The Court now determines whether the Third Amended Complaint states claims upon which relief can be granted. The Third Amended Complaint asserts six counts against Defendants, all invoking the federal Declaratory Judgment Act or Missouri's substantive law: (1) declaratory judgment that Timber Point's lien was senior to Bank of America's; (2) declaratory judgment that Defendants cannot enforce their lien; (3) quiet title; (4) writ of right; (5) fraud against the court; and (6) slander of title. In examining the sufficiency of each count, the Court assimilates arguments the parties have previously made on the record regarding earlier versions of these counts.

I. The Third Amended Complaint does not state a claim for a declaratory judgment that Timber Point's lien was senior, but it does for a declaratory judgment that Bank of America had no power to execute the Deed of Trust.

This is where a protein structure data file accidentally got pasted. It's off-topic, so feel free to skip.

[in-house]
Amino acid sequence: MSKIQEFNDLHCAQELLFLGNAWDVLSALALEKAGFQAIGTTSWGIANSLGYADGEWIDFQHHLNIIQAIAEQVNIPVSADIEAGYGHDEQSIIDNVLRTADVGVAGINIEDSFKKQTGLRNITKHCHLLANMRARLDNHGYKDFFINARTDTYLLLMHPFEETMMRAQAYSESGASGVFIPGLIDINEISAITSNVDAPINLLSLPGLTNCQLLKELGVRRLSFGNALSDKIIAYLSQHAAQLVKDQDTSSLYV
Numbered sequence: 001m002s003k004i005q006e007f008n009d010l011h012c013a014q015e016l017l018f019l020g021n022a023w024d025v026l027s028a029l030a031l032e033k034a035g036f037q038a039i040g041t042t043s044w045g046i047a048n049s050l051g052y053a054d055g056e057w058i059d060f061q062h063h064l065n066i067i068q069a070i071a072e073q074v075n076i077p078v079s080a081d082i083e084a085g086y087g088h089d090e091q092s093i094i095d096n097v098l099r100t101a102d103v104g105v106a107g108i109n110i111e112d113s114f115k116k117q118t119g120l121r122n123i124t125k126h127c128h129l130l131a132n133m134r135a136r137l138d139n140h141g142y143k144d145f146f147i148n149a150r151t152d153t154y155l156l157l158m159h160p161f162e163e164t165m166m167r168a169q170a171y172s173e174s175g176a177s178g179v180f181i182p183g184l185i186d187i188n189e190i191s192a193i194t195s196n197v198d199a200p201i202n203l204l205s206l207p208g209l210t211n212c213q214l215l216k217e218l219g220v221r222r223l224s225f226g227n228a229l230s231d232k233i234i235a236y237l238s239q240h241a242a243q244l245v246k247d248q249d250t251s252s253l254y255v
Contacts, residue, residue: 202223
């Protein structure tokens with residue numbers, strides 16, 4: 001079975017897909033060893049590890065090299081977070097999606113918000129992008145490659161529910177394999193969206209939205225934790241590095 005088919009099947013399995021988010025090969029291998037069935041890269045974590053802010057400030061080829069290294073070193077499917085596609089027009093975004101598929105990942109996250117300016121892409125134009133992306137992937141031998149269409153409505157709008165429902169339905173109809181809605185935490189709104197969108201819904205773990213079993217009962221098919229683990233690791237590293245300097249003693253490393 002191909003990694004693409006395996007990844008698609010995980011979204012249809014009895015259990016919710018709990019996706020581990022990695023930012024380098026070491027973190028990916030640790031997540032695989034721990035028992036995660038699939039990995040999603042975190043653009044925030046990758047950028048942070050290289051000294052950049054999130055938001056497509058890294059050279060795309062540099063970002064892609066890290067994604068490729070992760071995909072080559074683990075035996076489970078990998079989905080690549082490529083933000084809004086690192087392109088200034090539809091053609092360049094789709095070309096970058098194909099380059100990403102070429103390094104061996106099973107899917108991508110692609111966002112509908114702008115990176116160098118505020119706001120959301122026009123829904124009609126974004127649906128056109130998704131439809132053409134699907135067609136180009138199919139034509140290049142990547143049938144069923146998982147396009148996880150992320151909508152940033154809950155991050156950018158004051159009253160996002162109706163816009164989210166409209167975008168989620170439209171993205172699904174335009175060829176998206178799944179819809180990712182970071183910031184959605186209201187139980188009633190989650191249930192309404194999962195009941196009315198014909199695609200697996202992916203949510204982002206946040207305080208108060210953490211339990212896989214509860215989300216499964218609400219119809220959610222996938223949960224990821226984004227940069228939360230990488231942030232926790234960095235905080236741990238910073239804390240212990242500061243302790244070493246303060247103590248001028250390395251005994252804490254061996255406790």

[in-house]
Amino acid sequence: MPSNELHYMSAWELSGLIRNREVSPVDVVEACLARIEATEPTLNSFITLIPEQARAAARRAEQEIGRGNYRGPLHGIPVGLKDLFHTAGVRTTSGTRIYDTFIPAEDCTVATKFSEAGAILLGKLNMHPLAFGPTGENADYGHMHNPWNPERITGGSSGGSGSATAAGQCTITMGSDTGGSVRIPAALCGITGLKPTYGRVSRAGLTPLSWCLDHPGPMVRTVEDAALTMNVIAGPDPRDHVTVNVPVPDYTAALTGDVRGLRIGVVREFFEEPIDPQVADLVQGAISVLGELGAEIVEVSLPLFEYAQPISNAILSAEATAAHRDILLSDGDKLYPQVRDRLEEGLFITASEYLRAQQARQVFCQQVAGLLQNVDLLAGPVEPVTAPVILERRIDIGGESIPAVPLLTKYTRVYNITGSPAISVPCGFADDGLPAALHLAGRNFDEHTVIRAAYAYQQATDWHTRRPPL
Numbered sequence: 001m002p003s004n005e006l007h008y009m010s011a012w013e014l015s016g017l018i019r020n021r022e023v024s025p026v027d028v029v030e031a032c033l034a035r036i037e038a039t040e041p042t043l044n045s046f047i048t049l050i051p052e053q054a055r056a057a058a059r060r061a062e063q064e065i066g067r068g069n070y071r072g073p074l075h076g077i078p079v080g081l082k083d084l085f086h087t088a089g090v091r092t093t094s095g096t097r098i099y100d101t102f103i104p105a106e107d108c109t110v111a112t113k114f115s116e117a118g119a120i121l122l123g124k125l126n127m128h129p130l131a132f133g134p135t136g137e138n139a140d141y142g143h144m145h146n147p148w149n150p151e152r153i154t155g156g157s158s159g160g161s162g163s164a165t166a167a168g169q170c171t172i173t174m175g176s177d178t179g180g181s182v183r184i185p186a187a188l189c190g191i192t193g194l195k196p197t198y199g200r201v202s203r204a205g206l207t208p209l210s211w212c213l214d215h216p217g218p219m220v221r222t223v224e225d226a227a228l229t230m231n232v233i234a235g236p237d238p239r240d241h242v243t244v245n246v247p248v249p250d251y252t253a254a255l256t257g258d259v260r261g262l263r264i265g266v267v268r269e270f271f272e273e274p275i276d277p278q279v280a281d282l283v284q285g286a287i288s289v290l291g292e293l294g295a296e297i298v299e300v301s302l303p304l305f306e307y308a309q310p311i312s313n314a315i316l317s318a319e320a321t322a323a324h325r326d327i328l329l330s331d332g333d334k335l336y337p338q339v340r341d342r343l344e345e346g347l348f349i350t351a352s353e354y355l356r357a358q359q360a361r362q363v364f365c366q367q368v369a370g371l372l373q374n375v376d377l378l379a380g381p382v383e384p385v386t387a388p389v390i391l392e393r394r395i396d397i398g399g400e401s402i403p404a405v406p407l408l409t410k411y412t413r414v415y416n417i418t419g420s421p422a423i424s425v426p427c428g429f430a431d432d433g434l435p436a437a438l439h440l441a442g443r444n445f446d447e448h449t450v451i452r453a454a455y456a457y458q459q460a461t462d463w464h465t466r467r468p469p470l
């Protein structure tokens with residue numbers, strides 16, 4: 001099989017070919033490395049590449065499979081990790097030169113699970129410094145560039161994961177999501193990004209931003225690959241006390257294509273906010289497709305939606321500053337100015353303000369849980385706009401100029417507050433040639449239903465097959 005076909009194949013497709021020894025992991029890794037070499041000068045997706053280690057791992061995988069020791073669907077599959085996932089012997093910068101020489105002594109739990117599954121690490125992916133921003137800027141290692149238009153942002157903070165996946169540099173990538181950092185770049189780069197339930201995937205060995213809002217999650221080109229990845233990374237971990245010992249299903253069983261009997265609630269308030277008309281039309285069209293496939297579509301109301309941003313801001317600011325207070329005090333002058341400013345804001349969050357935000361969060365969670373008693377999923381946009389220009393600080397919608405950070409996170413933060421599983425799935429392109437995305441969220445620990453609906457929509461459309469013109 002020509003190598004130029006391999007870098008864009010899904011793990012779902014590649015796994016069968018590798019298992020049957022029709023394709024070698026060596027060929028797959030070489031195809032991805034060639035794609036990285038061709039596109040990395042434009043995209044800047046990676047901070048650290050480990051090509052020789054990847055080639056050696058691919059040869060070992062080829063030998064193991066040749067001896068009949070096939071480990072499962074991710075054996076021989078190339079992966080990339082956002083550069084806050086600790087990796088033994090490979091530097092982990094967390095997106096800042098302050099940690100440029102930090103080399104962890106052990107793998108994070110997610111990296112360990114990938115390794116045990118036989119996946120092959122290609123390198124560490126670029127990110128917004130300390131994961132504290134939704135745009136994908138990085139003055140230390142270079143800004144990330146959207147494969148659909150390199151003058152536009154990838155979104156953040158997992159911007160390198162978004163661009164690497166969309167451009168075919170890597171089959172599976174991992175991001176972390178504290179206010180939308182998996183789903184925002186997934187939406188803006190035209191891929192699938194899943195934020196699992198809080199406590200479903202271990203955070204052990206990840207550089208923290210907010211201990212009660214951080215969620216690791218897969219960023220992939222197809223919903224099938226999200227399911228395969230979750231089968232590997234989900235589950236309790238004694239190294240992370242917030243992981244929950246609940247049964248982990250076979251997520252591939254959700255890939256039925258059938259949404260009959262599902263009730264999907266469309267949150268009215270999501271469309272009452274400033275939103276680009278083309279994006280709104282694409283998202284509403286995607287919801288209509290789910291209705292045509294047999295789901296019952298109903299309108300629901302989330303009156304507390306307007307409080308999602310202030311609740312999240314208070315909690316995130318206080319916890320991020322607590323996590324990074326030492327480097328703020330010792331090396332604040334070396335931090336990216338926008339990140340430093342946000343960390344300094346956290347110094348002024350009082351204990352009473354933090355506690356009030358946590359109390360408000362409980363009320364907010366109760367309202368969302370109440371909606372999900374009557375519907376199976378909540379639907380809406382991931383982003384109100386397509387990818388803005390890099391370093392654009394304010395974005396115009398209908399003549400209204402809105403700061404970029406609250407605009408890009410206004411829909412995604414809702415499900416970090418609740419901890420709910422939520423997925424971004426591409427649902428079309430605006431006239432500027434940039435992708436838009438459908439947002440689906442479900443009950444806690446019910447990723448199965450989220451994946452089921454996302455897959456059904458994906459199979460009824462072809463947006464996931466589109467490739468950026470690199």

Under the Declaratory Judgment Act, "any court of the United States... may declare the rights and other legal relations of any interested party seeking such declaration, whether or not further relief is or could be sought." 28 U.S.C. § 2201(a). In Counts I and II, Timber Point seeks declaratory judgments on its allegedly paramount interest in the Property. Specifically, Timber Point seeks declaratory judgments that: (I) its security interest was senior to each Defendant's, and (II) even if Bank of America's lien was senior to Timber Point's, Bank of America's lien was not enforceable.

A. The Third Amended Complaint fails to allege that Timber Point's lien was senior to Bank of America's lien.

Count I seeks a declaratory judgment on the relative priorities of the parties' security interests. Two security interests are at issue in this case: First Franklin's Deed of Trust lien and the Whites' judgment lien. To determine these encumbrances' priorities, the Court examines when each was perfected, meaning the interest holder took all legal steps for the interest to become effective against other creditors. See Black's Law Dictionary 1318 (10th ed. 2014).